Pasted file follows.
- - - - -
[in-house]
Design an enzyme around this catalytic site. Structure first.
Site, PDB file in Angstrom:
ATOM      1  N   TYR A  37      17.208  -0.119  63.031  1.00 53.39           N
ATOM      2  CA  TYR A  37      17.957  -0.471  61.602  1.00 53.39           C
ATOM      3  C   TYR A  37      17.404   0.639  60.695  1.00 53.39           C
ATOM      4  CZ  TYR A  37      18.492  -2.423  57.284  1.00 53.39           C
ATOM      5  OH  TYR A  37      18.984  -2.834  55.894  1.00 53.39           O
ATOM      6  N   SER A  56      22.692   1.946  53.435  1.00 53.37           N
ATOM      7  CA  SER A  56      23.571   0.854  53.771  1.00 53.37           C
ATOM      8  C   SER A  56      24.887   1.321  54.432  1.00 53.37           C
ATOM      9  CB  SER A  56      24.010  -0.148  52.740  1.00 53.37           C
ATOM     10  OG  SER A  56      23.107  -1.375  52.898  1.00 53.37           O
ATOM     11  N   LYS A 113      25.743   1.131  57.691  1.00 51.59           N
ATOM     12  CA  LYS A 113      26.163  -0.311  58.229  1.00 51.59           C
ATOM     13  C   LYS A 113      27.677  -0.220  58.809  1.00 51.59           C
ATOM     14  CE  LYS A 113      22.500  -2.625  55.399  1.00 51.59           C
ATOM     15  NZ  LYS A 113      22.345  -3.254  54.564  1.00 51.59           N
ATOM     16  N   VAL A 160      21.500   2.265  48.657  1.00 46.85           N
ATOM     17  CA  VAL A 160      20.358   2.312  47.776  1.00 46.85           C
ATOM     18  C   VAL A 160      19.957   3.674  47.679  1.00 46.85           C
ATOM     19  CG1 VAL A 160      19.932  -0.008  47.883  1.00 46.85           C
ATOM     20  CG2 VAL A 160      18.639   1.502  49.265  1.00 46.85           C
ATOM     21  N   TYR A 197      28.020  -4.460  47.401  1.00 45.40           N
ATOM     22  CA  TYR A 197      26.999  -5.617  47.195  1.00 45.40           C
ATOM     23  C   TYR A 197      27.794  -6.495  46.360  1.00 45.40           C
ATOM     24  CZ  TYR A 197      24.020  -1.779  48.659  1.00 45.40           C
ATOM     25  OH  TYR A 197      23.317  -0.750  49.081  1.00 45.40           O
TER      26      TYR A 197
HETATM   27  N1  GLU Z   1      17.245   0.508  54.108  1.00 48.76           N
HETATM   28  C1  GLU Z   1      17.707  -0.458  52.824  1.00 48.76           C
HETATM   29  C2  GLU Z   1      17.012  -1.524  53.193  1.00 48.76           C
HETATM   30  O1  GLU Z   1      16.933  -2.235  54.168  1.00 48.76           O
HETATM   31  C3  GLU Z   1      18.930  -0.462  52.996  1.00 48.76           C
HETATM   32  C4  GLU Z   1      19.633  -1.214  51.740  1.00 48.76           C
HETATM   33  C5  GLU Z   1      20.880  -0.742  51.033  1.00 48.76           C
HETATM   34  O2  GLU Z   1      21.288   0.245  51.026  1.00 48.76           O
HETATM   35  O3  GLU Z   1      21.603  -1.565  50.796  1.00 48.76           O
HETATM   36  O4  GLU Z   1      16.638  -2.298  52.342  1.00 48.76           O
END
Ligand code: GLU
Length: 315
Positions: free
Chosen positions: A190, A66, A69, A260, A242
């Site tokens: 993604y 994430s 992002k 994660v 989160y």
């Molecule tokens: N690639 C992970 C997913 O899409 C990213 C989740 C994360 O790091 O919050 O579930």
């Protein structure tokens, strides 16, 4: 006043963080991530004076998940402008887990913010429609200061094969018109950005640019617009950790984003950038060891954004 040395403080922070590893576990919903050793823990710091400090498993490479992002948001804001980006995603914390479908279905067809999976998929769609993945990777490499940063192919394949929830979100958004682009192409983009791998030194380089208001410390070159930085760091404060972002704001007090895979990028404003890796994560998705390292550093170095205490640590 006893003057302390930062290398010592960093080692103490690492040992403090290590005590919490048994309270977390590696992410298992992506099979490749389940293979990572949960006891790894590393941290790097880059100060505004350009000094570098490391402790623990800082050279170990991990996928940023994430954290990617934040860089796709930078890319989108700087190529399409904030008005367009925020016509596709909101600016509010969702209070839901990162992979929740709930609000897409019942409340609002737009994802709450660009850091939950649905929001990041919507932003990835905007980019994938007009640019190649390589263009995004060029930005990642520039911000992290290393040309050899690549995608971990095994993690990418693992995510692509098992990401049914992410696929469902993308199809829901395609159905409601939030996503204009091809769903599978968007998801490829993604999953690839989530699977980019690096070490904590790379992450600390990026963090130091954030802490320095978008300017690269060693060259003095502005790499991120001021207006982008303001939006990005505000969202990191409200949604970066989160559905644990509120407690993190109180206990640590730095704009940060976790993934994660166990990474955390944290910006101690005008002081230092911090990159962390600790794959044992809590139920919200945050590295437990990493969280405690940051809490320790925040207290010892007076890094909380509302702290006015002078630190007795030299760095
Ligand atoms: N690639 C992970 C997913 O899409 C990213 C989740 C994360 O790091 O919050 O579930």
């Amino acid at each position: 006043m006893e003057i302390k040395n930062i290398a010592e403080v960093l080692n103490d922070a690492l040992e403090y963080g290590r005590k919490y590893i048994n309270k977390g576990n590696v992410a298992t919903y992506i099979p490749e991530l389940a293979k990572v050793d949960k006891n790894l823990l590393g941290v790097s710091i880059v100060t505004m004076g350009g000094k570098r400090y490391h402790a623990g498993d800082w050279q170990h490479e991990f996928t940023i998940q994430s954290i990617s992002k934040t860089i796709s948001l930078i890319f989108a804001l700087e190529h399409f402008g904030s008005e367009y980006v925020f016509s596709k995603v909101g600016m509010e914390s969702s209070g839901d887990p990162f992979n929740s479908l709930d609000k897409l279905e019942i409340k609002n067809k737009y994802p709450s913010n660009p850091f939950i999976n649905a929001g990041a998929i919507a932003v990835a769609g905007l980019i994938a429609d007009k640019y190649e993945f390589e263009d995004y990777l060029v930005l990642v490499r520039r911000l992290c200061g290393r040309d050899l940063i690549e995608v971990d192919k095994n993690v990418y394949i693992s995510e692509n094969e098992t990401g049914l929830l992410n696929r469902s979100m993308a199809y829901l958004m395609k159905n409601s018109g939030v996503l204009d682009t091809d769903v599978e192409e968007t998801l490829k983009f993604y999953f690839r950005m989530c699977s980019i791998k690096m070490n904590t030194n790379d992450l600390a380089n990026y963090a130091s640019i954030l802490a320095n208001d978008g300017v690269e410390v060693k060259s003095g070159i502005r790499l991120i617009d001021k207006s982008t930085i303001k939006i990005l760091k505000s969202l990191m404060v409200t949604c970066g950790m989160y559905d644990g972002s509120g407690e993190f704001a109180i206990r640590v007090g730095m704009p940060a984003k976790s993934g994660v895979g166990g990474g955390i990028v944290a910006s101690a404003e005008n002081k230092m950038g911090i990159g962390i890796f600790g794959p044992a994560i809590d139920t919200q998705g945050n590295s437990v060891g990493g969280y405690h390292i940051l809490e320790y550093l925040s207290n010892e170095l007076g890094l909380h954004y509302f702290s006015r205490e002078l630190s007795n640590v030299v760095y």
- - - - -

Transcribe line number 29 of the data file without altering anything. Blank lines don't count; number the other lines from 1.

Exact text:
TER      26      TYR A 197